Pat's Product Review: M&M M10-762 Rifle

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I'm a big fan of AK-47 style rifles. But I must mention that all the AK-47 style rifles presently sold in the US, are not genuine AK-47 assault rifles. Rather, they are semiautomatic versions of the famed Russian AK-47. Properly, an AK-47 is a select-fire (full auto) battle weapon. Still, no matter how I try to educate people on this, even gun shop owners, they still continue to call semi-auto versions an "AK-47." So, to concede to the new terminology norm, we'll just call these rifles AK-47s.
 
I still remember the first semi-auto AK-47that I I purchased, it was back in 1987 (if memory serves me correctly.) I then lived in Colorado Springs, Colorado, and a friend and I operated a gun business out of his gas station, as well as selling at gun shows. I purchased a folding stock, Chinese-made AK-47 with a bayonet, three magazines, magazine pouch, cleaning kit and some other neat stuff, for the princely sum of $189. Yes, try and find that same kind of a deal today. While I really liked that gun, ammo hadn't yet started pouring into the US at affordable prices. So, I soon sold the gun.
 
Today, there is all manner of AK-47s on the market, and to be sure, some are better made than others. And,, there is a good supply of Russian-made 7.62 x 39 ammo available for AKs and SKS rifles. I'd suggest that you "buy it cheap and stack it deep" while you still can. About six years ago, you could buy a case of AK ammo for abut $90. Today, this same ammo will cost you from $210 to $250! Even so, this ammo is still a bargain in my book, so get it before prices go up (again) and certainly before the November elections. (After that, watch ammo dry up and prices soar, once again.)
 
The AK under review today is from M&M, Inc. which also operates under the umbrella of Colorado Gun Sales. They are producing what they call the M10-762. I've had my sample for about three three months now, and I really wanted to wring it out, before reporting to SurvivalBlog readers. I've written about several AKs in the past, and they were good guns. However, this newest version from M&M Inc is, in my humble opinion, the finest AK-47 you can buy for the money, period!
 
M&M claims that the M10-762 is manufactured out of brand-new high quality parts - everything is newly manufactured to be US Section 922(r) compliant, though the receiver is made in Romania.. Some people have a "problem" with AK receivers made in Romania - take it for what it's worth, but I don't put much stock in those complaints. The M10-762 has a brand-new, chrome-lined 16.25" barrel, with a 1:10 twist rate, with four lands and grooves, with a right-hand twist, if this stuff is important you. The overall length of this gun is 26" with the fixed stock, and they are coming out with folding stock versions, if you want a more compact carry gun. The rifle weighs-in at 7.3 pounds, but their web site says the gun weighs 6-lbs. I contacted Colorado Gun Sales on this, and they said they were going to correct their web page.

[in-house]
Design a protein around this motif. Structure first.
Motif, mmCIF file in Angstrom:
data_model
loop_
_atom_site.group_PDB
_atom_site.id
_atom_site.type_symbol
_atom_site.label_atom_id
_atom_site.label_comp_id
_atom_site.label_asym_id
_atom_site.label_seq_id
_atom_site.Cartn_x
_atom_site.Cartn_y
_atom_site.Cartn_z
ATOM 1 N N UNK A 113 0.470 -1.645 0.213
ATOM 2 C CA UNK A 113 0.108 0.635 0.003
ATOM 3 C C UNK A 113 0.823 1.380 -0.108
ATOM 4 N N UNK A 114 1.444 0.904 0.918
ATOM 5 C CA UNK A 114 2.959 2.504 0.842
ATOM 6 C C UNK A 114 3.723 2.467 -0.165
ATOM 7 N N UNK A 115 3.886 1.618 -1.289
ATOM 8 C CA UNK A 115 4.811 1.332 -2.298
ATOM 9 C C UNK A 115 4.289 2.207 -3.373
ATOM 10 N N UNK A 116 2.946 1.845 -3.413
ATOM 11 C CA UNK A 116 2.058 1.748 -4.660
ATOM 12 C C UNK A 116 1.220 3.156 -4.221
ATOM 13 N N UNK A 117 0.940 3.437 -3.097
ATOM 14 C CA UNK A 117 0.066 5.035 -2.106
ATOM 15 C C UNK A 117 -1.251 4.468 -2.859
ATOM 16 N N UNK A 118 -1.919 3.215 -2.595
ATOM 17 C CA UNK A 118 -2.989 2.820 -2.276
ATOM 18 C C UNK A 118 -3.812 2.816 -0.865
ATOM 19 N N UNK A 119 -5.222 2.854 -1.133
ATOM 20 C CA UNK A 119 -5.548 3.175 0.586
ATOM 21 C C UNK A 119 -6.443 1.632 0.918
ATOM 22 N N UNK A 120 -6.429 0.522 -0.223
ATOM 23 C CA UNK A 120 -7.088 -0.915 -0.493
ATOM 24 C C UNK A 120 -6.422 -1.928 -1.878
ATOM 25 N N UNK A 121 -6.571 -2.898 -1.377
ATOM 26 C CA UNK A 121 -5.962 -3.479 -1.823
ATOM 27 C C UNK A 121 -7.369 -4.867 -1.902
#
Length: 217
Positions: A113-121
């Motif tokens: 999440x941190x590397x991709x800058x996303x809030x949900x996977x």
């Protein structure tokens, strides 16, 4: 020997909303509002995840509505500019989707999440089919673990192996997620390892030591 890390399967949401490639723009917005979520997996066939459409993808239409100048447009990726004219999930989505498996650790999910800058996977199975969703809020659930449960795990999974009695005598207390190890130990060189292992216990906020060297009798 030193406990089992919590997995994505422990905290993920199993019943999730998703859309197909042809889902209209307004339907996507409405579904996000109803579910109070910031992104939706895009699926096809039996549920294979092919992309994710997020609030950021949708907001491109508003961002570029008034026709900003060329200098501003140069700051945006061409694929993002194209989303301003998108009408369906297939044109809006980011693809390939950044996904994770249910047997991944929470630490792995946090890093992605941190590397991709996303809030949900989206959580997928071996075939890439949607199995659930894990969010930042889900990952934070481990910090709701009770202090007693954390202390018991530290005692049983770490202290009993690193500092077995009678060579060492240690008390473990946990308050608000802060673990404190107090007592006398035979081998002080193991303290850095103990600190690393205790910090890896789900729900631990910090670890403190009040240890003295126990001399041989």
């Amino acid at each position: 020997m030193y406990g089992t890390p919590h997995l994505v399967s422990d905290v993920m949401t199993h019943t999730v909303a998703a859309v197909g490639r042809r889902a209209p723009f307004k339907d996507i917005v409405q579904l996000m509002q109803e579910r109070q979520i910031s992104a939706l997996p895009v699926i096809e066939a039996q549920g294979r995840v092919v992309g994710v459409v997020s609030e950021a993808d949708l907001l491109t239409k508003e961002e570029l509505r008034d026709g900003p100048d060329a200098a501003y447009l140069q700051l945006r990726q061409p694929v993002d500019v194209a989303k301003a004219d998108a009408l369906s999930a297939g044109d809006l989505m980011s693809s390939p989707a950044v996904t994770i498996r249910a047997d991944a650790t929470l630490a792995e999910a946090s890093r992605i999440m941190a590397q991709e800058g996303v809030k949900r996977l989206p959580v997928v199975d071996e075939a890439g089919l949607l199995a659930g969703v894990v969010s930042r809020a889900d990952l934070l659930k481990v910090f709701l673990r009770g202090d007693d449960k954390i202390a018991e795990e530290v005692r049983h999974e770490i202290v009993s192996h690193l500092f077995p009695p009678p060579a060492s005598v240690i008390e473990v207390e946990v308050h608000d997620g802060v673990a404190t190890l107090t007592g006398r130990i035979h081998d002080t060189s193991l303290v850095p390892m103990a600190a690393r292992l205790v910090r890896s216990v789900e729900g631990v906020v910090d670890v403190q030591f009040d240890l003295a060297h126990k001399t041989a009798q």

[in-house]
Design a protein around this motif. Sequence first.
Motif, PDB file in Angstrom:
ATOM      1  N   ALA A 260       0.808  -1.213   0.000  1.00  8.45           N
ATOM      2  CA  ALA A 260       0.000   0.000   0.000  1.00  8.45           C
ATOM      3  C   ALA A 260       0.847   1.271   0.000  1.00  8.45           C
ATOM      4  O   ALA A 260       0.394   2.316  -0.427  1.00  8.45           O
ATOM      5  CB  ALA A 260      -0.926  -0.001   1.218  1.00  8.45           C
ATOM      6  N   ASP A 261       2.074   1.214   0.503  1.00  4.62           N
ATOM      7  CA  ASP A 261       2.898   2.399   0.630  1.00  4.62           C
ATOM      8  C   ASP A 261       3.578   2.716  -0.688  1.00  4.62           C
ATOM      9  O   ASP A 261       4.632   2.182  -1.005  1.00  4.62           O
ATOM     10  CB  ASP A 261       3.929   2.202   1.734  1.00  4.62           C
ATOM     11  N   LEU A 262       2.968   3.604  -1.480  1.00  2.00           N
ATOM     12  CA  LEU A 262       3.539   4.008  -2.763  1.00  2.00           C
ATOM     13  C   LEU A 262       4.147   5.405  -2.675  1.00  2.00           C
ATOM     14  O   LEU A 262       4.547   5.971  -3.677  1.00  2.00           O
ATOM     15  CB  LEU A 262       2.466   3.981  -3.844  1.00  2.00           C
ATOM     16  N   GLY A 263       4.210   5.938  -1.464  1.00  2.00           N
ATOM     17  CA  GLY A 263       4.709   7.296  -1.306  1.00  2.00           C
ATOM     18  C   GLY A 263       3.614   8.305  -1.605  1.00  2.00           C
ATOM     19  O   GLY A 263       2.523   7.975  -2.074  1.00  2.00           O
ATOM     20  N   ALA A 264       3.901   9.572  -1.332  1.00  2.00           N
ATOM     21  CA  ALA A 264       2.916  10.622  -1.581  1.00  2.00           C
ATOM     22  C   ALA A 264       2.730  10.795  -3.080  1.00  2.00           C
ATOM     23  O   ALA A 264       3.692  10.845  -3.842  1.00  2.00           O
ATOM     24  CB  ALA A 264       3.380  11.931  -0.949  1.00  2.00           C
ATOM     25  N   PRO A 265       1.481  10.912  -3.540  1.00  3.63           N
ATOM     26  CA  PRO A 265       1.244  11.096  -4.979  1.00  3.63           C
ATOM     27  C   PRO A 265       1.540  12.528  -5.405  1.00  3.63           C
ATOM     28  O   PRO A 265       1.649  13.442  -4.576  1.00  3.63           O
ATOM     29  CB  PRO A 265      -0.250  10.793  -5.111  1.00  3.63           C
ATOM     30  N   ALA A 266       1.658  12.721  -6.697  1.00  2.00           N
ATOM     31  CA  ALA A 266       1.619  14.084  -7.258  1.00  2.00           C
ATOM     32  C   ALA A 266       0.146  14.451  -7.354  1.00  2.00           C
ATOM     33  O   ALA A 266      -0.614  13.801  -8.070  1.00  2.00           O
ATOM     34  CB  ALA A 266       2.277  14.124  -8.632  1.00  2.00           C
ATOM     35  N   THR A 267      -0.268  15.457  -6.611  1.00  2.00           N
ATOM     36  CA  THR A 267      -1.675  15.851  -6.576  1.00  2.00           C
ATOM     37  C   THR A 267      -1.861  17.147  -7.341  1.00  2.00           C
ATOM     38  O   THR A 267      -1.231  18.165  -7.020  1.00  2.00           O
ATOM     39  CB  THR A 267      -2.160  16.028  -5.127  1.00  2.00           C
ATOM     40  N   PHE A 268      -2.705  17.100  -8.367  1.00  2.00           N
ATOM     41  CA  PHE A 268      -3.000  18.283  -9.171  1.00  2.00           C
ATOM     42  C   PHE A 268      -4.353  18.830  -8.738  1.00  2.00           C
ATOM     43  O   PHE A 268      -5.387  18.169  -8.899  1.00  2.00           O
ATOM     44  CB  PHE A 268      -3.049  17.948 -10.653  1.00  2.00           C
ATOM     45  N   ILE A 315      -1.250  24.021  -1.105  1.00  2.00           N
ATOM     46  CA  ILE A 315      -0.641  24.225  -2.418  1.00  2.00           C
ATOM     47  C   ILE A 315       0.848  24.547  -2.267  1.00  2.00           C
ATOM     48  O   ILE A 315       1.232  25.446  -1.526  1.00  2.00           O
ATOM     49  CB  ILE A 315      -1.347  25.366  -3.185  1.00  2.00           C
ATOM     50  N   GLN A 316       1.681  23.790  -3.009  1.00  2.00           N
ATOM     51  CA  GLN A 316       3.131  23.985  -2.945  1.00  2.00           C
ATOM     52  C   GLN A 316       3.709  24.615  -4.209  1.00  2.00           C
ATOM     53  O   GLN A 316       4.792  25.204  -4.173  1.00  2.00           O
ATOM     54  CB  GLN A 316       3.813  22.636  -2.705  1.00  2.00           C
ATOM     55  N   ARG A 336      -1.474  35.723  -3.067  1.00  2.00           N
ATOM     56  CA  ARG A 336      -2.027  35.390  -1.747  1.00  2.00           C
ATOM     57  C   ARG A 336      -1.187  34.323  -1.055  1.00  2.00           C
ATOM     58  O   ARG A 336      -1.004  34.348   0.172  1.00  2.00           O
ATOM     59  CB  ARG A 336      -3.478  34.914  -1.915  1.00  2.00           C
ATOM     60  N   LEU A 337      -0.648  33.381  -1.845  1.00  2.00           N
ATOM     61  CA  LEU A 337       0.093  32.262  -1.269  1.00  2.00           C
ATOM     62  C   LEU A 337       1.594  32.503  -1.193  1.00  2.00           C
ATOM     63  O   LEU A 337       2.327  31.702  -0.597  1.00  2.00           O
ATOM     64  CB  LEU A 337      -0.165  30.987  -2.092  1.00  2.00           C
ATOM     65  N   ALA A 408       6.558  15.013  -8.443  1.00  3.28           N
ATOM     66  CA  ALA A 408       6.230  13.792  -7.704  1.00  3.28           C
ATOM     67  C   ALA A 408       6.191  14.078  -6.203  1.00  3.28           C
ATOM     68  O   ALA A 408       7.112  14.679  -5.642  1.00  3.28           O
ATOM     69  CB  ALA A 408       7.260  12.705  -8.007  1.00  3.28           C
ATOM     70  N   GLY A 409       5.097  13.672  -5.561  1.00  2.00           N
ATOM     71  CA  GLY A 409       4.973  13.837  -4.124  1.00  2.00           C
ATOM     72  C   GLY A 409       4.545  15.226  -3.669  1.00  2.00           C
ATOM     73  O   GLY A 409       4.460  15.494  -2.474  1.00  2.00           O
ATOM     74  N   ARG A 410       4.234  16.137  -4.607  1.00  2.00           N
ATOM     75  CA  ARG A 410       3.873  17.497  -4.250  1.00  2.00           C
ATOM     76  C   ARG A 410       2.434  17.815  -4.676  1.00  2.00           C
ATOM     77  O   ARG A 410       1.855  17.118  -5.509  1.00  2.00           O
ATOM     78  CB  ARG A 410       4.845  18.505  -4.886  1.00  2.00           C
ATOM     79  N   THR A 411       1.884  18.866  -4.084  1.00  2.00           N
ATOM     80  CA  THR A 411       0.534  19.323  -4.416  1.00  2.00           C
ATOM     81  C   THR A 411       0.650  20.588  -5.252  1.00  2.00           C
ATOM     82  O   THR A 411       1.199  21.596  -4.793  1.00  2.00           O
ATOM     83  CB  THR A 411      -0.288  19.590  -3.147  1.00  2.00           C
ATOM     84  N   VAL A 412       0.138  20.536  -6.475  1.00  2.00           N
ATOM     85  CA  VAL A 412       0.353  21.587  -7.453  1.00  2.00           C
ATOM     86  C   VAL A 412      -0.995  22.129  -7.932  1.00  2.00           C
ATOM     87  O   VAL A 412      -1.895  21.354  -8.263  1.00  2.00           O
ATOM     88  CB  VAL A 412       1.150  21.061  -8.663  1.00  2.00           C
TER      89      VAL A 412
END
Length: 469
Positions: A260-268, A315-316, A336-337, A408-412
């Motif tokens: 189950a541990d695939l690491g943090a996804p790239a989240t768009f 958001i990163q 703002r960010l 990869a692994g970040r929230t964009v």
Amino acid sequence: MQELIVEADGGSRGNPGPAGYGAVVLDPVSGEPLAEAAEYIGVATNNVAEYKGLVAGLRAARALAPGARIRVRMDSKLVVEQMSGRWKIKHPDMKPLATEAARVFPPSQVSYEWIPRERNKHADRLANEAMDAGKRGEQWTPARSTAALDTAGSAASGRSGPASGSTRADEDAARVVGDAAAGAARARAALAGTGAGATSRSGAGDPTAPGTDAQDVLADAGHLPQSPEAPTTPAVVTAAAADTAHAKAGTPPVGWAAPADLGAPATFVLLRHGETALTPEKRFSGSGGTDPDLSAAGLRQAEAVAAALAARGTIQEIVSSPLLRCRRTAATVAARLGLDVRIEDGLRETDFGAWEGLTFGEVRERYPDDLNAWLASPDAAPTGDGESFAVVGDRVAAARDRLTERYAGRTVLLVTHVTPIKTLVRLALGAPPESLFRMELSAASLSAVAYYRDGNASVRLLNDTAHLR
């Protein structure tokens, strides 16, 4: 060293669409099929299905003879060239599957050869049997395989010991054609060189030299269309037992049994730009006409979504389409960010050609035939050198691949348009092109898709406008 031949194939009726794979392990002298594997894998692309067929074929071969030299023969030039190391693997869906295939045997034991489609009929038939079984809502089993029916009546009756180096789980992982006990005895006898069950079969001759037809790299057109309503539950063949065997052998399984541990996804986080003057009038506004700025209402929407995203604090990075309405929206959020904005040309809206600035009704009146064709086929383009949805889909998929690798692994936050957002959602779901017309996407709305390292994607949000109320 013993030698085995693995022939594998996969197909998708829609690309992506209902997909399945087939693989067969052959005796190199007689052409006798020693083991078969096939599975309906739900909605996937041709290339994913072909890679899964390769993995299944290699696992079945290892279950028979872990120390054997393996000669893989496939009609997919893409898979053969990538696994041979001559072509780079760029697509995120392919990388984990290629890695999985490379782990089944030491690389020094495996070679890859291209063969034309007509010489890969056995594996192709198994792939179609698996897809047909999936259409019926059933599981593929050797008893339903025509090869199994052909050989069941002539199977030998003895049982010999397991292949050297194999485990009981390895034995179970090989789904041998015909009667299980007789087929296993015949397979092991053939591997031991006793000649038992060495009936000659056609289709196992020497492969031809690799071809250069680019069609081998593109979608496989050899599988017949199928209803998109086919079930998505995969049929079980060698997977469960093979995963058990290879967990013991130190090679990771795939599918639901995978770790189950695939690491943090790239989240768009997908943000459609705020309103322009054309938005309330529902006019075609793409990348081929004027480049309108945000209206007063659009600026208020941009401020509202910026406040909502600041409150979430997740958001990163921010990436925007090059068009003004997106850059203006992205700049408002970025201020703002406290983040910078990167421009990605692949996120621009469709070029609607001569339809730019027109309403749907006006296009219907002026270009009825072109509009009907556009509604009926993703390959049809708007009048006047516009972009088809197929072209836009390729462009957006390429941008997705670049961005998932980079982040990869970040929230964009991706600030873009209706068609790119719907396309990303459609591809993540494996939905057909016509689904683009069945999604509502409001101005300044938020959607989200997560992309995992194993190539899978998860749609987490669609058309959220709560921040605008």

The M10-762 takes all standard AK-47 magazines, and the rifle is supplied with one magazine. It has a TAPCO RAZR muzzle brake/flash suppressor on the end of the barrel. The RAZR can also be used as a "compliance" device because of the super-sharp cut to the brake. The pistol grip is outstanding. This rubber covered pistol grip is not only larger than the standard AK pistol grip, but it is perfectly configured to fit the hand if you ask me. If there is a better pistol grip out there for an AK, then I haven't found it. The stock is USA-made (by TAPCO) and is black synthetic of some sort. The fore end on the M10-762 is an aluminum quad-rail type, firmly attached, so you can mount lasers, lights and red dot optics on it if you choose - and this is a really nice quad-rail, to be sure. My only complaint is that the rail covers that came with the quad-rail are thick and make the foreend feel too thick. A quick call to Brownell's solves my problem with a set of "ladder" rails - these cover and protect the rails but don't add any girth. These are a "must have", in my humble opinion.
 
The front sight is mounted on the gas block, instead of on the end of the barrel. This gives you a slightly shorter sighting radius, but I didn't find it to be any sort of a handicap in my shooting. The rear sight is an RPK graduated fully adjustable for windage and elevation sight that adjusts all the way up to 1,000 meters. That is a bit of a stretch to be sure, for the 7.62 x 39 round. While the sight is easy to adjust, I found it a little bit bulky for my tastes, and I may replace it with the standard elevation (only) rear sight. (We'll see.)